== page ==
Up to now, I'd heard (and read in Allegheny Power's full-page newspaper ads) that the only way to avoid a 13 percent power rate hike (about $9 a month for the typical customer, Morrell says) would be for AES to agree to a buyout of its contract. Not necessarily, says Morrell.
"There always has been more than one option. The plant could be converted to a (natural) gas plant," Morrell said.
Morrell explained that there is new technology now available that would allow Warrior Run to generate power at rates Allegheny could justify paying. And it wouldn't be difficult to convert, at this point, he said.
"The major components, to my knowledge, have not been ordered yet," he said.
But construction has already begun. Why didn't Allegheny Power try to do this buyout a year ago?
The utility tried to negotiate a buyout as far back as 1992, Morrell said, "but there was no desire on their part to be bought out at that time. I wish we had been more aggressive at that time."
In my Dec. 26 column on this issue, I noted that AES is way ahead of the game when it comes to the public relations on this matter. The firm has a press packet that includes a July 1995 Wall Street Journal article that shows the firm to be employee-friendly, with many lower-level employees getting a voice in big decisions.
The same article also paints AES as environmentally responsible, going so far, in one instance, as to figure out how many trees they'd need to plant in a South American rain forest to compensate for a new plant's carbon dioxide emissions. Color pictures of AES employees doing just that are included in a brochure that makes AES look like it's running a resort rather than a power company.
In short, AES is as smooth as it is aggressive, while Allegheny only been able to generate a few letters of protest (to this newspaper, anyway) over Warrior Run.
Morrell says this is because even industries which will be adversely affected don't like to get into confrontations publicly.
"Our industrial customers are up in arms, but they don't like to go after each other in public," Morrell said.
Somebody had better, if what Morrell saying is true. Warrior Run's Steve Hase says he's skeptical about the 13 percent figure, but Morrell stands by it and say Allegheny's analysis shows that for every 10 percent increase in power rates, there'll be 88 jobs in the region lost in every year of the 30-year contract.
"Prices today for power are in the range of 2 to 3 cents per killowatt hour. This project's power will cost 6.2 cents per killowatt hour," he said, adding that this will mean $1.7 billion in extra costs to rate payers over the next 30 years.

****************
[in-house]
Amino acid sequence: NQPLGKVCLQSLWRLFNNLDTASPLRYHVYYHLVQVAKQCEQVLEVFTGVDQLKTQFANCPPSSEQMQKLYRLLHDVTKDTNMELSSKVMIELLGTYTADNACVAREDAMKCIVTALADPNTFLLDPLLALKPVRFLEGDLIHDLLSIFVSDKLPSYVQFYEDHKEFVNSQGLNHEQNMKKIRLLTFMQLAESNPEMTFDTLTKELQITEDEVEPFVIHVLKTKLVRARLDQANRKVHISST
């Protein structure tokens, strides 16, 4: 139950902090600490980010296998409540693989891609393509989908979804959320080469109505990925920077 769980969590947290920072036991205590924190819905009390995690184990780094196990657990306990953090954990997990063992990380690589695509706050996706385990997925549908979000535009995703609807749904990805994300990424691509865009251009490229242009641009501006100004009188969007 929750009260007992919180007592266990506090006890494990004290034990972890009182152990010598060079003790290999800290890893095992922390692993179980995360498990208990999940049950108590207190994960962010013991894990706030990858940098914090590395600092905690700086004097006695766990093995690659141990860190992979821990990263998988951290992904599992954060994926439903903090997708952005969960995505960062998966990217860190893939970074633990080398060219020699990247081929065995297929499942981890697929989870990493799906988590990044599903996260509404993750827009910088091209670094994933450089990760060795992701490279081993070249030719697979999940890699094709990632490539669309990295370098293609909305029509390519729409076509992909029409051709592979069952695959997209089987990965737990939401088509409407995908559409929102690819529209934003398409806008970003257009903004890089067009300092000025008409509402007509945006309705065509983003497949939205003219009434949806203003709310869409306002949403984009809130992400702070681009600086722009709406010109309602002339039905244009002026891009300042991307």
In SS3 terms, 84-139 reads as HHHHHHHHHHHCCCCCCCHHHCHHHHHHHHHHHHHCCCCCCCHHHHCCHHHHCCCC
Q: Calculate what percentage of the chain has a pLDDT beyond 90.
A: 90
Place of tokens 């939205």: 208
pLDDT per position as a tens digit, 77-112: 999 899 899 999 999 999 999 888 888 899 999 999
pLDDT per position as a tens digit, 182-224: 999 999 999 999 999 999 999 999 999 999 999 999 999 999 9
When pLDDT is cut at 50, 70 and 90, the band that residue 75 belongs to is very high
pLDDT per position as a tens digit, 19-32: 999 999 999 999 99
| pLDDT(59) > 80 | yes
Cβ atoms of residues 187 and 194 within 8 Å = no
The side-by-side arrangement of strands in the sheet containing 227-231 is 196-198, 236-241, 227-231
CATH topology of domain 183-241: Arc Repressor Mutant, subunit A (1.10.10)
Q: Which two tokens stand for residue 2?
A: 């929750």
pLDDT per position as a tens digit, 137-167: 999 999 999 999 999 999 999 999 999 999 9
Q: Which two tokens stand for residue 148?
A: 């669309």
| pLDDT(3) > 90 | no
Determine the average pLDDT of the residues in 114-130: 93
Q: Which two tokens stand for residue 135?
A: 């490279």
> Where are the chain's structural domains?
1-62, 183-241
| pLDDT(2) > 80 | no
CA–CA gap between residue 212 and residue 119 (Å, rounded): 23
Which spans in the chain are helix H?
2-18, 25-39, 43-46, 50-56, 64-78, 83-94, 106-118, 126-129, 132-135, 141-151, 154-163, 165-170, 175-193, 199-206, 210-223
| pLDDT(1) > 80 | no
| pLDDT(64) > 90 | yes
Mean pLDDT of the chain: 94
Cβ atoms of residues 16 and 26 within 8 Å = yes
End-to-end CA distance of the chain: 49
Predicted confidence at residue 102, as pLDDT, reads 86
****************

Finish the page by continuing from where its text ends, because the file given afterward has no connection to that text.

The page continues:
If the Public Utilities Regulatory Policies Act which forced Allegheny into this arrangement is such a bad thing, why hasn't Congress repealed it?
Morrell said that the law was passed in 1978 (when the oil embargo was fresh in everyone's mind) to allow the development of alternative energy sources (like wind and geo-thermal) by requiring the big utilities to buy any power these new technologies could produce. To wipe the law out now would also mean wiping out these technologies, and the environmentalists don't want to see that happen.
There are also people who've invested a great deal of money in plants based on this law, Morrell said, and will fight any attempt to overturn it. Still others, he said, have linked the open competition issue to this one, making it difficult to make progress on one without some agreement on the other.
In addition, according to Victoria Schaff, Allegheny Power's vice president for governmental affairs, the repeal of PURPA would not affect current contracts. A buyout, or an agreement to persuade AES to switch to new gas technology at Warrior Run is the only solution, Morrell and Schaff say.
In the near future, when there's more citizen awareness on this issue, The Herald-Mail will offer Allegheny and AES space in this section to argue their positions. AES's Hase is reluctant now, saying whatever else Allegheny is, they're still customers. Morrell says he's ready to go, so keep watching this space.
Bob Maginnis is editor of The Herald-Mail's Opinion page.